MARKUP LANGUAGE FILE:
<?xml version=“1.0” encoding=“UTF-8” ?>
- <WikipediaResponse>
- <Data>
<Type>0</Type>
<text>Safety lamp A safety lamp is any of several types of lamp, which are
designed to be safe to use in coal mines. These lamps are designed to
operate in air that may contain coal dust, methane, or firedamp, all of which
are potentially flammable or explosive. First Safe Lamps The first safety
lamp was invented by William Reid Clanny, an Irish physician, who
announced his discovery on May 20th, 1813 at the Royal Society of Arts in
London, but it was not tried out in a colliery until 1815. Within months of
this demonstration, two improved designs had been announced: one by
George Stephenson, which later became the Geordie lamp, and the Davy
lamp, invented by Sir Humphry Davy. Most later lamps are constructed on
the principle discovered by Davy, that a flame enveloped in wire gauze of a
certain fineness does not ignite firedamp. Both the Davy and Stephenson
lamps were fragile. The gauze in the Davy quickly rusted in the moist air of
a coal pit, and so became unsafe, while the glass in the Stephenson was
easily broken, and could then allow the flame to ignite firedamp in the
atmosphere. Later designs, the Gray, Mueseler, Marsaut, and other lamps,
tried to overcome these problems by using multiple gauze cylinders, but
the glass remained a problem until toughened glass became available. Also,
the light that all these gave was poor and this was not solved until the
introduction of electric lighting in mines around 1900. But it took until 1930
for the introduction of battery-powered helmet lamps to finally solve the
problem. Early Illumination Prior to the invention of these safety lamps,
miners used candles with open flames or phosphorescent sources of light
(such as rotting fish)and later flint or steel mills designed by ‘Spedding.’
Later, barometers were used to tell them if atmospheric pressure was low
(in which case more methane seeped out of the mine into the air). The use
of small mammals or birds was used much later to warn of the presence of
the deadly carbon monoxide present after underground fires or explosions,
the so-called afterdamp. Such animals are much more susceptible to the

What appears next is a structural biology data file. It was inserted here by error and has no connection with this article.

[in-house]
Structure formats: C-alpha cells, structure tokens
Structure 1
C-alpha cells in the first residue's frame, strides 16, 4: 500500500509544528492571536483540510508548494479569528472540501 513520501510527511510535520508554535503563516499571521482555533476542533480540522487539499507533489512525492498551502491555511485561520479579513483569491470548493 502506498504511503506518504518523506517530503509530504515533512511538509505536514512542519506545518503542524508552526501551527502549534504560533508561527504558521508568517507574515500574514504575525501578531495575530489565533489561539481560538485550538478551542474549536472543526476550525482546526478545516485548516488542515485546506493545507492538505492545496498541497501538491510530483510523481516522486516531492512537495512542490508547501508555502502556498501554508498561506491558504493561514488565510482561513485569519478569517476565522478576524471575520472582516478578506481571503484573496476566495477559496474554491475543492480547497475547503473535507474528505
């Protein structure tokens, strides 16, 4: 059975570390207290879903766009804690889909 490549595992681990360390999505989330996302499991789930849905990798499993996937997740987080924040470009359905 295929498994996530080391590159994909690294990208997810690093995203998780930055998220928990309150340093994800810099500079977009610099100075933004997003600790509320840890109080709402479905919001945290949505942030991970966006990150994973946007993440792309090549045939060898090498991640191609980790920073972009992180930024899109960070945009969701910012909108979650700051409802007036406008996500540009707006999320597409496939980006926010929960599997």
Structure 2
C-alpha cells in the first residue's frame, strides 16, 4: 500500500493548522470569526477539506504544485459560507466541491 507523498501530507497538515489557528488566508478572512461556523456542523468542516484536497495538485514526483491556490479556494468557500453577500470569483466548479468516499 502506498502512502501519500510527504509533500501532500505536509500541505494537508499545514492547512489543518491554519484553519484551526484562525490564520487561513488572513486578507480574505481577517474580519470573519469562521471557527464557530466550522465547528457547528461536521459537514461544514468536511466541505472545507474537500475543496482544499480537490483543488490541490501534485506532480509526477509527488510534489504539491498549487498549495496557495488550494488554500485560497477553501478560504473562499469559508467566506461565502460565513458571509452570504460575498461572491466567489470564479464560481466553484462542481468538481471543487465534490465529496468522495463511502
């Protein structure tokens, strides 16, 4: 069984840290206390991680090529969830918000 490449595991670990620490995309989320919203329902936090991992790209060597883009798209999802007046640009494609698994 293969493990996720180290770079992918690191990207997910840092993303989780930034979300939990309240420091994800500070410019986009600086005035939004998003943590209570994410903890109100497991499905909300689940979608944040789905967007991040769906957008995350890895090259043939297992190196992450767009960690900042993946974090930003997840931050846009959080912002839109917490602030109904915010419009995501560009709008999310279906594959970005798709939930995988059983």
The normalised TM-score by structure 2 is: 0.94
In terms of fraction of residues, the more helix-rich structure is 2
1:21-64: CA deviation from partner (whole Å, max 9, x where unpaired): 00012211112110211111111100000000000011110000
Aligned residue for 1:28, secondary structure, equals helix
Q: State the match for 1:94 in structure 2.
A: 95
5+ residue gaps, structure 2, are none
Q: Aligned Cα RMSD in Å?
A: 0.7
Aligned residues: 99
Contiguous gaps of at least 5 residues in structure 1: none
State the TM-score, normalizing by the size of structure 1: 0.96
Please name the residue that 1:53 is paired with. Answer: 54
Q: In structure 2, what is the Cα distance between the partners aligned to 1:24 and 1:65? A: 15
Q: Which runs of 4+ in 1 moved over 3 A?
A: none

gas, and will die before a human, so giving an early warning of the
problem. An alternative method of removing the methane involved igniting
the gas deliberately to cause explosions, thus evacuating the mines of the
majority of explosive or easily flammable material present. The lack of
good lighting was a prime cause of a painful eye affliction (nystagmus).
Modern Lamps Nowadays, safety lamps are mainly electric, and
traditionally mounted on miners' helmets (such as the wheat lamp), sealed
to prevent gas penetrating the casing and being ignited by electrical sparks.
However, although its use as a light source was superseded by electric
lighting, the flame safety lamp has continued to be used in mines into
recent years to detect methane and blackdamp.</text>
<ruleSet>550555555575555555455557575555555355455555557555054705555575
300535575553005555575355555555550575525775505530555555555575505557575
557555557555555555550555507555555557555555555555555550554555555555555
575400557555575755755575557555055455555555557552557575055550552505755
555052055555557757557557540575535475505755555555550545575554550055557
575555555555555545575757757555555453455455555555555575557547557575755
555555440555575555555150057055755557550705550555475555755705555554557
5575555555555755755550</ruleSet>
- <ruleInfo>
<Rule>1,1.55,Green,Green,13,Courier New</Rule>
<Rule>2,0.65,Ivory,Violet,13,Tahoma</Rule>
<Rule>3,0.45,Black,Brown,9,Arial</Rule>
<Rule>4,1.4,Magenta,Red,19,</Rule>
<Rule>5,0.8,Yellow,Blue,11,</Rule>
<Rule>6,0.65,Brown,,28,Tahoma</Rule>
<Rule>7,0.95,Blue,Pink,29,</Rule>
</ruleInfo>
<delayCount>13,24,37,38,40,48,62,63,66,73,74,82,93,98,104,108,114,118,122,123,
134,149,155,158,173,177,183,186,198,200,202,203,204,207,217,228,230,253,258,263,
270,282,294,297,305,306,318,330,358,361,370,376,384,399,413,429,434,439,444,446,
450,463,465,477,496,</delayCount>